This is the real Philippine independence flag

BAGUIO CITY, Philippines - What is arguably the first Philippine flag was again unveiled here on Saturday in all its fragile glory, drawing tears from war veterans and inspiring its custodians to reassert its legitimacy.

Former Baguio representative Honorato Aquino, lawyer of the Aguinaldo-Suntay family, said the old banner is the real flag which the late General Emilio Aguinaldo raised in 1898 to declare the country's independence from Spanish rule.

He said it was displayed during this year's celebration of Flag Day in the summer capital because Baguio has always been its home.

The Aguinaldo-Suntay family has been keeping the flag for Cristina Aguinaldo Suntay, the general's daughter, who discovered the relic folded under Aguinaldo's deathbed in 1964.

Although the National Historical Commission of the Philippines has not authenticated the flag, the family and many scholars believe it is genuine because its distinctive pale-yellow sun bears a golden face. The flag's blue field also has a lighter hue compared to the dark blue field of the modern flag.

The phrase "Fuerzas Expedicionarias del Norte de Luzon" runs across one side of the flag, stitched with gold silk thread. The words "Libertad" and "Justicia" are stitched on the other side of the flag.

Aquino said the flag's design "was made by General Aguinaldo himself in 1897, a year before they acknowledged making the flag in Hong Kong."

But people who visit the Aquinaldo Museum on Happy Glen Loop here to view and reflect upon this flag every June 12 (Independence Day) have taken note of its deterioration by the way it was presented to the public.

The old flag's existence was revealed in 1998 to coincide with the celebration of the centennial of Philippine Independence. The relic was put on display in the museum, inside a glass case that was placed at the center of a room filled with Aguinaldo's belongings, including a wooden wheelchair and an old office desk.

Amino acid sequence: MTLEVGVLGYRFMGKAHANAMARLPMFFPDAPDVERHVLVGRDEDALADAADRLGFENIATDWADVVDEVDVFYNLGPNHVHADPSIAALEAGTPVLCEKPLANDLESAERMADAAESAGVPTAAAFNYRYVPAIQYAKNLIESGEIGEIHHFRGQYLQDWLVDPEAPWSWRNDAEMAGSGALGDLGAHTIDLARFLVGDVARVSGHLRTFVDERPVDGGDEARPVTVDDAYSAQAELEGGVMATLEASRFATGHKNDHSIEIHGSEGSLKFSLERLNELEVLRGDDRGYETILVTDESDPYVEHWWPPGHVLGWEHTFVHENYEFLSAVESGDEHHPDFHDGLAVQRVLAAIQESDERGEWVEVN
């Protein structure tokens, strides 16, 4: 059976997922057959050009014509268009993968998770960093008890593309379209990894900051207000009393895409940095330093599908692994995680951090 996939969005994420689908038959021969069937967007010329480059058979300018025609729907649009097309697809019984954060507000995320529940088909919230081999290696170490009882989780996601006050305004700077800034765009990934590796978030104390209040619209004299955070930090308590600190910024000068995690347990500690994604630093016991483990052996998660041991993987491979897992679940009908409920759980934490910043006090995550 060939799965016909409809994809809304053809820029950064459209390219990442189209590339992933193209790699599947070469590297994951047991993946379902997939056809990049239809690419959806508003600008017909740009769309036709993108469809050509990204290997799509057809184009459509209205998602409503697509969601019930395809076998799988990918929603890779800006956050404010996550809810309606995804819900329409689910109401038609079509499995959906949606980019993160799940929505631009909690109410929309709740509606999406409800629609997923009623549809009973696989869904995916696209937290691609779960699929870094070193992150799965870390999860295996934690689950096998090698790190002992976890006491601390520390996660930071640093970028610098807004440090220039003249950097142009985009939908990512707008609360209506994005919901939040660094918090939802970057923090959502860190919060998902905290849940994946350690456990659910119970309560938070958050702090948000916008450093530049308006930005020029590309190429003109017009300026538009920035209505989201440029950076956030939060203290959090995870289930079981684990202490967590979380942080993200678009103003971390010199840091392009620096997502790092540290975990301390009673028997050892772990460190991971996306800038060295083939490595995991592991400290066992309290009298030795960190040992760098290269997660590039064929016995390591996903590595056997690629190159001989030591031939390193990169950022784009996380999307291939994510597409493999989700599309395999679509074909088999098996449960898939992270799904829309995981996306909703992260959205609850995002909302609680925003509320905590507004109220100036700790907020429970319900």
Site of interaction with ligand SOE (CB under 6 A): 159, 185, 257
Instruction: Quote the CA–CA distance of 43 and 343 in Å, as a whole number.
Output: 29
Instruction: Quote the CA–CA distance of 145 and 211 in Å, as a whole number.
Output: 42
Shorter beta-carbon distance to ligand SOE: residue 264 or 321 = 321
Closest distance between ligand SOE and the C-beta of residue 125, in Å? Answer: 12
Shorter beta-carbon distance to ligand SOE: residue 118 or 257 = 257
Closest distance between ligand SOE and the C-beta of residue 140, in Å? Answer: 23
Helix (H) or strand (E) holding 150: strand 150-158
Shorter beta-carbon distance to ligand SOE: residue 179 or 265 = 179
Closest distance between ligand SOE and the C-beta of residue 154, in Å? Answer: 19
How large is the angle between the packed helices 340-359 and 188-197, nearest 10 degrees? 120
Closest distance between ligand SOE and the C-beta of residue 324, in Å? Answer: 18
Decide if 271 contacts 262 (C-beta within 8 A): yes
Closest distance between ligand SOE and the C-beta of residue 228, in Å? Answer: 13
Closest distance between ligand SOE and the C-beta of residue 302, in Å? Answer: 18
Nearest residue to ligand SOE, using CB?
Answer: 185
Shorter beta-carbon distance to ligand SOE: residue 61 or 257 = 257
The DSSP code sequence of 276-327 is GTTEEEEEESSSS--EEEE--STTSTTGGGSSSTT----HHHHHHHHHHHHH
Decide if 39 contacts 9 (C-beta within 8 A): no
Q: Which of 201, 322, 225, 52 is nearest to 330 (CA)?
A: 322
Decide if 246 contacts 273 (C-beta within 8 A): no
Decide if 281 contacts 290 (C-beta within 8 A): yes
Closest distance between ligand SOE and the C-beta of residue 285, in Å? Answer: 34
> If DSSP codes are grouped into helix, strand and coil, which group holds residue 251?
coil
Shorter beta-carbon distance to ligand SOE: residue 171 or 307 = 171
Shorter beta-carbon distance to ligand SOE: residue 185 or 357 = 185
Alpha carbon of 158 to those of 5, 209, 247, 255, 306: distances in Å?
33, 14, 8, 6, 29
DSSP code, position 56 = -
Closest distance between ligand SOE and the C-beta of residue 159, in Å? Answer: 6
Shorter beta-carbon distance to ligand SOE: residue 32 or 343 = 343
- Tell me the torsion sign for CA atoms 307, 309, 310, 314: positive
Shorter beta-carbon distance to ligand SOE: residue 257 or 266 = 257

A silk replica used to hang from the museum's ceiling.

This week, people could only view the flag in extremely dim light, aided by softly lit lamps and a small and heavily painted sun roof.

War veterans, public school teachers and officials led by Vice Mayor Daniel Fariñas and Councilors Peter Fianza and Richard Cariño, were led for the first time to a remodeled flag case by Emilio Aguinaldo Suntay III, the general's great grandson.

Suntay told the war veterans that the fabric has frayed so badly that its decay has become irreversible. He said experts, like those from the Smithsonian Institution, urged the family to keep the flag away from damp corridors and direct sunlight because it could no longer offer remedies that would arrest its decay.

The Flag Day celebration here was one of the few times when the city government acknowledged the relic's role in Philippine history. The other time the city government honored the flag was in 2006, when former Baguio Mayor Braulio Yaranon led officials to the museum during that year's Independence Day rites.

The city government also commissioned contractors to put up a fence around the Aguinaldo Museum to reinforce security there.

"Our national flag is unique. It's one of a kind. Although it was patterned after the Katipunan flag… if you look at the flag, you are actually looking at two flags," said Aquino.

"It is two flags in one because if the blue side is on top, as it is now, that means the country is at peace. But if the red side is up, then the country is at war," he said.

-Philippine Daily Inquirer/Asia News Network